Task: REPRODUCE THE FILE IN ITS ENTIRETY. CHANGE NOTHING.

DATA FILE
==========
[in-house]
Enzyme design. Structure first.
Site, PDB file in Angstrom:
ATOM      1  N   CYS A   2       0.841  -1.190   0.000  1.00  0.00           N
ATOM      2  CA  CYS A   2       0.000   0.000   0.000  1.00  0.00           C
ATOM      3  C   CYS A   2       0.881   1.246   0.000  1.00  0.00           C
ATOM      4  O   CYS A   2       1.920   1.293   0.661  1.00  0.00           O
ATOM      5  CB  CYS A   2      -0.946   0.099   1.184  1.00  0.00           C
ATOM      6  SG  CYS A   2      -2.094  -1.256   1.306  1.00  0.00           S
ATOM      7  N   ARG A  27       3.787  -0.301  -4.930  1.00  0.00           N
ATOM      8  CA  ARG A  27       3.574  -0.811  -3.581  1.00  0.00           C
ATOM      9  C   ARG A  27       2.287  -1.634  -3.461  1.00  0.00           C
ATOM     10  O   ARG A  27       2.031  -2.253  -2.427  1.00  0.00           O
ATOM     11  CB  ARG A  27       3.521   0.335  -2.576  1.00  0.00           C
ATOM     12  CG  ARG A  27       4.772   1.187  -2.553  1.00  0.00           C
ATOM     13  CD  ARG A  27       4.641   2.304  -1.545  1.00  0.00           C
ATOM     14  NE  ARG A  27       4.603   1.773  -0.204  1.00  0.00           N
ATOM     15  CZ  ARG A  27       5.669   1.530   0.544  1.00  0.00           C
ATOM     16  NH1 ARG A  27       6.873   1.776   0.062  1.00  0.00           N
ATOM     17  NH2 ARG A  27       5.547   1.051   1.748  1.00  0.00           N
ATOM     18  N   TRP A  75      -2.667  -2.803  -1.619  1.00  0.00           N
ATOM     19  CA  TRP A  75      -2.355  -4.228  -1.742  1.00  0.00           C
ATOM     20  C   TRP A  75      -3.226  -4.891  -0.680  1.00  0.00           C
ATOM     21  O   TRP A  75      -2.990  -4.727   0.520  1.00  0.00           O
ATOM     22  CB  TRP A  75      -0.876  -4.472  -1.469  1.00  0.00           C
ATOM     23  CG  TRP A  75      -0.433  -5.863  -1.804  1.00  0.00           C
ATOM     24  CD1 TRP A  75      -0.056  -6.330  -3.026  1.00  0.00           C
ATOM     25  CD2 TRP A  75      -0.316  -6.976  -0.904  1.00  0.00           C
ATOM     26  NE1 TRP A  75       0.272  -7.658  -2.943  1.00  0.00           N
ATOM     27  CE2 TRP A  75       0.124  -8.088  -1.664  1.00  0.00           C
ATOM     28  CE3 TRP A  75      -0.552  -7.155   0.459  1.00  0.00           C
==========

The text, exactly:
[in-house]
Enzyme design. Structure first.
Site, PDB file in Angstrom:
ATOM      1  N   CYS A   2       0.841  -1.190   0.000  1.00  0.00           N
ATOM      2  CA  CYS A   2       0.000   0.000   0.000  1.00  0.00           C
ATOM      3  C   CYS A   2       0.881   1.246   0.000  1.00  0.00           C
ATOM      4  O   CYS A   2       1.920   1.293   0.661  1.00  0.00           O
ATOM      5  CB  CYS A   2      -0.946   0.099   1.184  1.00  0.00           C
ATOM      6  SG  CYS A   2      -2.094  -1.256   1.306  1.00  0.00           S
ATOM      7  N   ARG A  27       3.787  -0.301  -4.930  1.00  0.00           N
ATOM      8  CA  ARG A  27       3.574  -0.811  -3.581  1.00  0.00           C
ATOM      9  C   ARG A  27       2.287  -1.634  -3.461  1.00  0.00           C
ATOM     10  O   ARG A  27       2.031  -2.253  -2.427  1.00  0.00           O
ATOM     11  CB  ARG A  27       3.521   0.335  -2.576  1.00  0.00           C
ATOM     12  CG  ARG A  27       4.772   1.187  -2.553  1.00  0.00           C
ATOM     13  CD  ARG A  27       4.641   2.304  -1.545  1.00  0.00           C
ATOM     14  NE  ARG A  27       4.603   1.773  -0.204  1.00  0.00           N
ATOM     15  CZ  ARG A  27       5.669   1.530   0.544  1.00  0.00           C
ATOM     16  NH1 ARG A  27       6.873   1.776   0.062  1.00  0.00           N
ATOM     17  NH2 ARG A  27       5.547   1.051   1.748  1.00  0.00           N
ATOM     18  N   TRP A  75      -2.667  -2.803  -1.619  1.00  0.00           N
ATOM     19  CA  TRP A  75      -2.355  -4.228  -1.742  1.00  0.00           C
ATOM     20  C   TRP A  75      -3.226  -4.891  -0.680  1.00  0.00           C
ATOM     21  O   TRP A  75      -2.990  -4.727   0.520  1.00  0.00           O
ATOM     22  CB  TRP A  75      -0.876  -4.472  -1.469  1.00  0.00           C
ATOM     23  CG  TRP A  75      -0.433  -5.863  -1.804  1.00  0.00           C
ATOM     24  CD1 TRP A  75      -0.056  -6.330  -3.026  1.00  0.00           C
ATOM     25  CD2 TRP A  75      -0.316  -6.976  -0.904  1.00  0.00           C
ATOM     26  NE1 TRP A  75       0.272  -7.658  -2.943  1.00  0.00           N
ATOM     27  CE2 TRP A  75       0.124  -8.088  -1.664  1.00  0.00           C
ATOM     28  CE3 TRP A  75      -0.552  -7.155   0.459  1.00  0.00           C